In this attack, attackers are posing as external employees and asking recipients to schedule a Zoom meeting with them by checking their schedule in an attachment that almost certainly contains malware.
- Platform: Office 365
- Mailboxes: More than 50,000
- Email Gateway: Proofpoint
- Email Security Bypassed: Office 365
- Victims: Employees
- Payload: Malicious Link
- Technique: Impersonation, Email Spoofing
What was the attack?
- Setup: This attack leverages the current COVID-19 pandemic, as companies and their employees transition to working from home, online video calling and conferencing software is becoming increasingly popular. Attackers are taking advantage of this transitionary period to send out fake virtual meeting requests designed to install malware on victim’s devices or phish their credentials.
- Email Attack: This attacker crafted an email that appears to come from a legitimate external employee, asking for a virtual meeting with the user. The attacker urges recipients to check the attachment for their available hours and key points to discuss.
- Payload: The email contains an attachment that conceivably contains relevant information for a virtual meeting with the sender. However, the file (.slk, an outdated Microsoft Excel import format) is actually malware that will infect the victim’s device if opened.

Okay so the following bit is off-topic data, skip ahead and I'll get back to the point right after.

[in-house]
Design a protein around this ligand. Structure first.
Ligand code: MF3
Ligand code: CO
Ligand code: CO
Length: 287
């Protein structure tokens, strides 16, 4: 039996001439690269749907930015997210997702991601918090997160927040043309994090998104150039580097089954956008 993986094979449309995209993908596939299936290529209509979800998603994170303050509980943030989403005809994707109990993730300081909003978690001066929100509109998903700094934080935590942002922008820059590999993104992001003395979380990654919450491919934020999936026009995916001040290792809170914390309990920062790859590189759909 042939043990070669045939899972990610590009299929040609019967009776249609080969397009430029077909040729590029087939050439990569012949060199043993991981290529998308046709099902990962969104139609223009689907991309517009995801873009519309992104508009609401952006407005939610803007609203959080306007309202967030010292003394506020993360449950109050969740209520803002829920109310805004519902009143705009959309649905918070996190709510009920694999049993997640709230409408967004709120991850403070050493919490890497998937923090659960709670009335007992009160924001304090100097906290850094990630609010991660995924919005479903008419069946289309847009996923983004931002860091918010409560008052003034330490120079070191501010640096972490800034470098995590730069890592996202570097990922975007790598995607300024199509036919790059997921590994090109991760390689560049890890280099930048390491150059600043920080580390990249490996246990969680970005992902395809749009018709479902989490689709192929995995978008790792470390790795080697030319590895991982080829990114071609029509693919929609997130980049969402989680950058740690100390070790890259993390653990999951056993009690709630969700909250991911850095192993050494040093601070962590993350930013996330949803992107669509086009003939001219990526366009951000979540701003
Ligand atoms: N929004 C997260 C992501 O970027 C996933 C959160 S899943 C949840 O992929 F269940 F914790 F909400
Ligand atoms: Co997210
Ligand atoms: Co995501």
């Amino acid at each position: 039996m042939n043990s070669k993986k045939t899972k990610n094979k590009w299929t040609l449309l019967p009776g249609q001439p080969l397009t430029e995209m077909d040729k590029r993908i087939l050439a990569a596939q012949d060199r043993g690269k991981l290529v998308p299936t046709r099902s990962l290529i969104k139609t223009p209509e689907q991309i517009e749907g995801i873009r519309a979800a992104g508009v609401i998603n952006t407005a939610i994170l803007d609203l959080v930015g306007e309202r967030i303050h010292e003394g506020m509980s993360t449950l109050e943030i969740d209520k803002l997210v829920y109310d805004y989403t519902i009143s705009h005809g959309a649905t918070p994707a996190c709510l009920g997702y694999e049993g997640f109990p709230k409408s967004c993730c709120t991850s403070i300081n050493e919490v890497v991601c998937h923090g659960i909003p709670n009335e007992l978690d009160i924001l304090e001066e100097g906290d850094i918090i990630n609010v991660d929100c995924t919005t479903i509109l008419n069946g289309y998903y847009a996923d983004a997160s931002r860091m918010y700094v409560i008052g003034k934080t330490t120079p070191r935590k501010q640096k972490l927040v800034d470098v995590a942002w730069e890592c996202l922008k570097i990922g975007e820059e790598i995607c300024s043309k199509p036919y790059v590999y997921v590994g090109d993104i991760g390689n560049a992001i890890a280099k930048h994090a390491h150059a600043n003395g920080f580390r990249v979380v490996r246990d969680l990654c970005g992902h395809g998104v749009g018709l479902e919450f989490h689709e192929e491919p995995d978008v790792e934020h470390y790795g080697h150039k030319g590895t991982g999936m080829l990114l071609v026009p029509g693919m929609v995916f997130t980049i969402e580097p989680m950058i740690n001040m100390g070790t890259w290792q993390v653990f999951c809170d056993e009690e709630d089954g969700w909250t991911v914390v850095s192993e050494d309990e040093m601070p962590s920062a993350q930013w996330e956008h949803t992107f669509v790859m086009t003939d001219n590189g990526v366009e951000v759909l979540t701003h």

- Result: Should recipients fall victim to this attack, malware will be installed on the user’s device, enabling the attacker to steal sensitive personal information and potentially take over the user’s system.
Why is this attack effective?
- Urgency: This attack utilizes uncertainty created by the COVID-19 pandemic and the move to online meeting software. The message masquerades as an online rescheduling of a previously planned meeting as in-person meetings have been generally canceled due to the virus. It then asks the victim if they are interested in arranging a Zoom meeting to discuss a research program. To be clear, this is not an attack or compromise of Zoom itself, but attackers are leveraging the brand recognition of the popular videoconferencing service to launch this attack.
- Concealed Attachment: If a user is unfamiliar with attachment types, they may think the file attached contains legitimate information relevant to a meeting. However, if the file is downloaded and opened, it will download malware to the user’s device. Once downloaded, the attacker will be able to snoop on the user and steal personal information, such as user credentials.
Abnormal Attack Stories are real world examples of attacks that we’ve seen in the wild.